Thanks to a recent study combining theoretical modeling with Hubble Space Telescope data, hot Jupiters, gigantic gas planets that speed around their host stars in incredibly tight orbits, have become a little less mysterious.
Previous research has largely focused on individual worlds labeled as “hot Jupiters” because of their superficial resemblance to our own solar system’s gas giant, the new study is the first to look at a larger population of the unusual worlds.
The work, led by a University of Arizona researcher, is published in Nature Astronomy and provides astronomers with an unprecedented “field guide” to hot Jupiters as well as information into planet formation in general.
Although astronomers estimate that only about one in every ten stars hosts a hot Jupiter-class exoplanet, the strange planets account for a significant portion of exoplanets discovered to date, owing to their larger size and brightness compared to other types of exoplanets, such as rocky, Earth-like planets or smaller, cooler gas planets.
All hot Jupiters orbit their host star at an extraordinarily close range, usually much closer than Mercury, our solar system’s innermost planet is to the sun. They range in size from around one-third the size of Jupiter to ten Jupiter masses.
On a typical hot Jupiter, a “year” lasts only a few hours or days. Mercury, by comparison, takes over three months to complete one orbit around the sun.
Most, if not all, hot Jupiters are assumed to be trapped in a high-speed embrace with their host stars, with one side perpetually exposed to the star’s radiation and the other cloaked in continuous darkness, owing to their close orbits.
A typical hot Jupiter’s surface may reach temperatures of about 5,000 degrees Fahrenheit, with “cooler” specimens attaining temperatures of 1,400 degrees, hot enough to melt aluminum.
Megan Mansfield, a NASA Sagan Fellow at the University of Arizona’s Steward Observatory, led the study, which relied on Hubble Space Telescope images that allowed the team to directly quantify emission spectra from hot Jupiters despite Hubble’s inability to picture any of these planets.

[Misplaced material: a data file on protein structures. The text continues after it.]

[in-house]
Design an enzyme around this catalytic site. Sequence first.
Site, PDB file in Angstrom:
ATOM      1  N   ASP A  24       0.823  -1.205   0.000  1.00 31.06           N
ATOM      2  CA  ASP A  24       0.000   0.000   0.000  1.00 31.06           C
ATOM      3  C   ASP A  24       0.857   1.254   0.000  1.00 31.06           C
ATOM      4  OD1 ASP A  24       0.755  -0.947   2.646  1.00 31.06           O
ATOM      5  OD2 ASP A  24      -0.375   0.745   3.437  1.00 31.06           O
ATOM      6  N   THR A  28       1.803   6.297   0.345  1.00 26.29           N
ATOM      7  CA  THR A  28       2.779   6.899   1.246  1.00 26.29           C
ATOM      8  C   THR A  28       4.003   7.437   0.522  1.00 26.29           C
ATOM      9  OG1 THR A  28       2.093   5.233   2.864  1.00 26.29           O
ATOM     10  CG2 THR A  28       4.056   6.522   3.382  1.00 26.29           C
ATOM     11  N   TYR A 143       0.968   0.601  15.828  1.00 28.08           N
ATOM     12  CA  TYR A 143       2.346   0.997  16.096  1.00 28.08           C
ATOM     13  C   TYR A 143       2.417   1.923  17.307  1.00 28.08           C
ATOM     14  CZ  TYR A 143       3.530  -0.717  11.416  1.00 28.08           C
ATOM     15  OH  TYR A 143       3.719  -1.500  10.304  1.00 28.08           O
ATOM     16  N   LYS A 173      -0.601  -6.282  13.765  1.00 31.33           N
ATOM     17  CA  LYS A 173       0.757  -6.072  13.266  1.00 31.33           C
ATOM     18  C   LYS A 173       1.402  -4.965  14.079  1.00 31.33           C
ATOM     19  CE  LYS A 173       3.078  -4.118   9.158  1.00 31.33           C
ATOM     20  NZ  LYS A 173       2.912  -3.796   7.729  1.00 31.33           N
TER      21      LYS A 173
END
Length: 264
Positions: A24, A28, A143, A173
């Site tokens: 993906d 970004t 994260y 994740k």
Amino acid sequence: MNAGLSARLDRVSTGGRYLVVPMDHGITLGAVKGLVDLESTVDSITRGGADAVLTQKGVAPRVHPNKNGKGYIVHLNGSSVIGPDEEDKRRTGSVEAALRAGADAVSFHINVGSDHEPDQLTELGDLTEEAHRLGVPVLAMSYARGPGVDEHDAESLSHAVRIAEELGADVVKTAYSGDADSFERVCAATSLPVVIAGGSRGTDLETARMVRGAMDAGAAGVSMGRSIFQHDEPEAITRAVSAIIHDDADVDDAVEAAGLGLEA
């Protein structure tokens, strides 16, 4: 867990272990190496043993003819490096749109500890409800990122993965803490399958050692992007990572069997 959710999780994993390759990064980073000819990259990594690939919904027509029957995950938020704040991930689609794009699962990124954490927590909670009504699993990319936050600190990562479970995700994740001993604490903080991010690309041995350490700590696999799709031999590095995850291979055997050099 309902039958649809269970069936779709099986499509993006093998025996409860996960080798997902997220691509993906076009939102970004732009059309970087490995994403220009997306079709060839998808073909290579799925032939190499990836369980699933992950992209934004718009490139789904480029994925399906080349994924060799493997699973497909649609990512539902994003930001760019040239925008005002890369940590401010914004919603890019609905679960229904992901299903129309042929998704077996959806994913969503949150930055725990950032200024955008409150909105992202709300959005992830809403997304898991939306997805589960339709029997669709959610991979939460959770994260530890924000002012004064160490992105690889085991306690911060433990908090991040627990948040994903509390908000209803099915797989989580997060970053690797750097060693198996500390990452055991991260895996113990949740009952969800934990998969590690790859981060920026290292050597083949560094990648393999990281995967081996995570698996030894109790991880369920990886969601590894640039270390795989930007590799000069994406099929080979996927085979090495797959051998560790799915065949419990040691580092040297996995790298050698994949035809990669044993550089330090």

“These systems, these stars, and their hot Jupiters are too far away to resolve the individual star and its planet,” Mansfield said. “All we can see is a point the combined light source of the two.”
We basically measure the combined light coming from the star and its planet and compare that measurement with what we see when the planet is hidden behind its star. This allows us to subtract the star’s contribution and isolate the light emitted by the planet, even though we can’t see it directly.Megan Mansfield
Mansfield and her colleagues utilized a technique called secondary eclipsing to extract data from the observations, allowing them to peek deep into the planets’ atmospheres and learn more about their structure and chemical makeup.
The method entails making multiple observations of the same system, catching the planet at various points in its orbit, including when it passes in front of the star.
“We basically measure the combined light coming from the star and its planet and compare that measurement with what we see when the planet is hidden behind its star,” Mansfield said. “This allows us to subtract the star’s contribution and isolate the light emitted by the planet, even though we can’t see it directly.”